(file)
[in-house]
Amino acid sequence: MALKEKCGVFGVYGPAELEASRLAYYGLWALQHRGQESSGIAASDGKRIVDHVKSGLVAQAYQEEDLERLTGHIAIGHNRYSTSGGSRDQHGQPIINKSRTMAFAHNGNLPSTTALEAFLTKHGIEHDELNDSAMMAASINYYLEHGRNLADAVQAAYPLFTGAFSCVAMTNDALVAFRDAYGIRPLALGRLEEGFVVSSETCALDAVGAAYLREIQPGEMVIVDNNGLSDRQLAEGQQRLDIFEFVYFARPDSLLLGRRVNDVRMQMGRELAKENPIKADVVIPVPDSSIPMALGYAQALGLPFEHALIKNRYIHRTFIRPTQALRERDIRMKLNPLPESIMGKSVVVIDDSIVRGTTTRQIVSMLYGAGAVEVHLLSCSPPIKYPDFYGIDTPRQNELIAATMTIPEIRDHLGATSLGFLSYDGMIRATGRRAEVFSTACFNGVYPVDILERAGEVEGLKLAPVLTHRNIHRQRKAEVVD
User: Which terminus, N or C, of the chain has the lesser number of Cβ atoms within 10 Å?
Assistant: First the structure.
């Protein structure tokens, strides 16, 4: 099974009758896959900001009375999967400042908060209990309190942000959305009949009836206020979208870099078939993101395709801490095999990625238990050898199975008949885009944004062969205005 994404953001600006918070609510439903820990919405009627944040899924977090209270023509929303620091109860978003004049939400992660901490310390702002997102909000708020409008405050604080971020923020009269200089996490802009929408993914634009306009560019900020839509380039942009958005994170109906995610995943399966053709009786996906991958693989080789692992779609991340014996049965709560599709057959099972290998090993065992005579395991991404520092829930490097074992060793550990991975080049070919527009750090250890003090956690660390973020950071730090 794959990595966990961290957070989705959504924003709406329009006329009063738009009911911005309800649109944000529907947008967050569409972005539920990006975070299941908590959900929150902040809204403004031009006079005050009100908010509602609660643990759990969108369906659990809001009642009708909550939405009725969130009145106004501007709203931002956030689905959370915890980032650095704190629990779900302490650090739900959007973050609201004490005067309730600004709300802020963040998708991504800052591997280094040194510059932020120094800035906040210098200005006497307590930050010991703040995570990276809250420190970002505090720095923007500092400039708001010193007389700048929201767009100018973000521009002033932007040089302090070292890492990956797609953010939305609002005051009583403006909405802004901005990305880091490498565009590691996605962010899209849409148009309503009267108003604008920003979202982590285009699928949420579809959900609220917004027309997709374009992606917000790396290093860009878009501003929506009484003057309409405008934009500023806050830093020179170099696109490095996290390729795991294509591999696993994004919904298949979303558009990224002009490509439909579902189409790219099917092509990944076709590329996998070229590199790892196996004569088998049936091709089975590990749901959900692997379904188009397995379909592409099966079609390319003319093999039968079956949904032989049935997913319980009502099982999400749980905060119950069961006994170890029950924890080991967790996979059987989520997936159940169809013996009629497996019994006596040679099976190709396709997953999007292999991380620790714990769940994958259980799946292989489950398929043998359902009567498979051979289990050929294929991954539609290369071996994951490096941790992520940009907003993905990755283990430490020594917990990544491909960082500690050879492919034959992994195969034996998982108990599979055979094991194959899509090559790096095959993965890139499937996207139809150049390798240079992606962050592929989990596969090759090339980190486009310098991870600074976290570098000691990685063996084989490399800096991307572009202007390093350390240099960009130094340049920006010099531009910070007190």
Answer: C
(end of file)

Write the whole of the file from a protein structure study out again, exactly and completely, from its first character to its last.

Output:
[in-house]
Amino acid sequence: MALKEKCGVFGVYGPAELEASRLAYYGLWALQHRGQESSGIAASDGKRIVDHVKSGLVAQAYQEEDLERLTGHIAIGHNRYSTSGGSRDQHGQPIINKSRTMAFAHNGNLPSTTALEAFLTKHGIEHDELNDSAMMAASINYYLEHGRNLADAVQAAYPLFTGAFSCVAMTNDALVAFRDAYGIRPLALGRLEEGFVVSSETCALDAVGAAYLREIQPGEMVIVDNNGLSDRQLAEGQQRLDIFEFVYFARPDSLLLGRRVNDVRMQMGRELAKENPIKADVVIPVPDSSIPMALGYAQALGLPFEHALIKNRYIHRTFIRPTQALRERDIRMKLNPLPESIMGKSVVVIDDSIVRGTTTRQIVSMLYGAGAVEVHLLSCSPPIKYPDFYGIDTPRQNELIAATMTIPEIRDHLGATSLGFLSYDGMIRATGRRAEVFSTACFNGVYPVDILERAGEVEGLKLAPVLTHRNIHRQRKAEVVD
User: Which terminus, N or C, of the chain has the lesser number of Cβ atoms within 10 Å?
Assistant: First the structure.
């Protein structure tokens, strides 16, 4: 099974009758896959900001009375999967400042908060209990309190942000959305009949009836206020979208870099078939993101395709801490095999990625238990050898199975008949885009944004062969205005 994404953001600006918070609510439903820990919405009627944040899924977090209270023509929303620091109860978003004049939400992660901490310390702002997102909000708020409008405050604080971020923020009269200089996490802009929408993914634009306009560019900020839509380039942009958005994170109906995610995943399966053709009786996906991958693989080789692992779609991340014996049965709560599709057959099972290998090993065992005579395991991404520092829930490097074992060793550990991975080049070919527009750090250890003090956690660390973020950071730090 794959990595966990961290957070989705959504924003709406329009006329009063738009009911911005309800649109944000529907947008967050569409972005539920990006975070299941908590959900929150902040809204403004031009006079005050009100908010509602609660643990759990969108369906659990809001009642009708909550939405009725969130009145106004501007709203931002956030689905959370915890980032650095704190629990779900302490650090739900959007973050609201004490005067309730600004709300802020963040998708991504800052591997280094040194510059932020120094800035906040210098200005006497307590930050010991703040995570990276809250420190970002505090720095923007500092400039708001010193007389700048929201767009100018973000521009002033932007040089302090070292890492990956797609953010939305609002005051009583403006909405802004901005990305880091490498565009590691996605962010899209849409148009309503009267108003604008920003979202982590285009699928949420579809959900609220917004027309997709374009992606917000790396290093860009878009501003929506009484003057309409405008934009500023806050830093020179170099696109490095996290390729795991294509591999696993994004919904298949979303558009990224002009490509439909579902189409790219099917092509990944076709590329996998070229590199790892196996004569088998049936091709089975590990749901959900692997379904188009397995379909592409099966079609390319003319093999039968079956949904032989049935997913319980009502099982999400749980905060119950069961006994170890029950924890080991967790996979059987989520997936159940169809013996009629497996019994006596040679099976190709396709997953999007292999991380620790714990769940994958259980799946292989489950398929043998359902009567498979051979289990050929294929991954539609290369071996994951490096941790992520940009907003993905990755283990430490020594917990990544491909960082500690050879492919034959992994195969034996998982108990599979055979094991194959899509090559790096095959993965890139499937996207139809150049390798240079992606962050592929989990596969090759090339980190486009310098991870600074976290570098000691990685063996084989490399800096991307572009202007390093350390240099960009130094340049920006010099531009910070007190």
Answer: C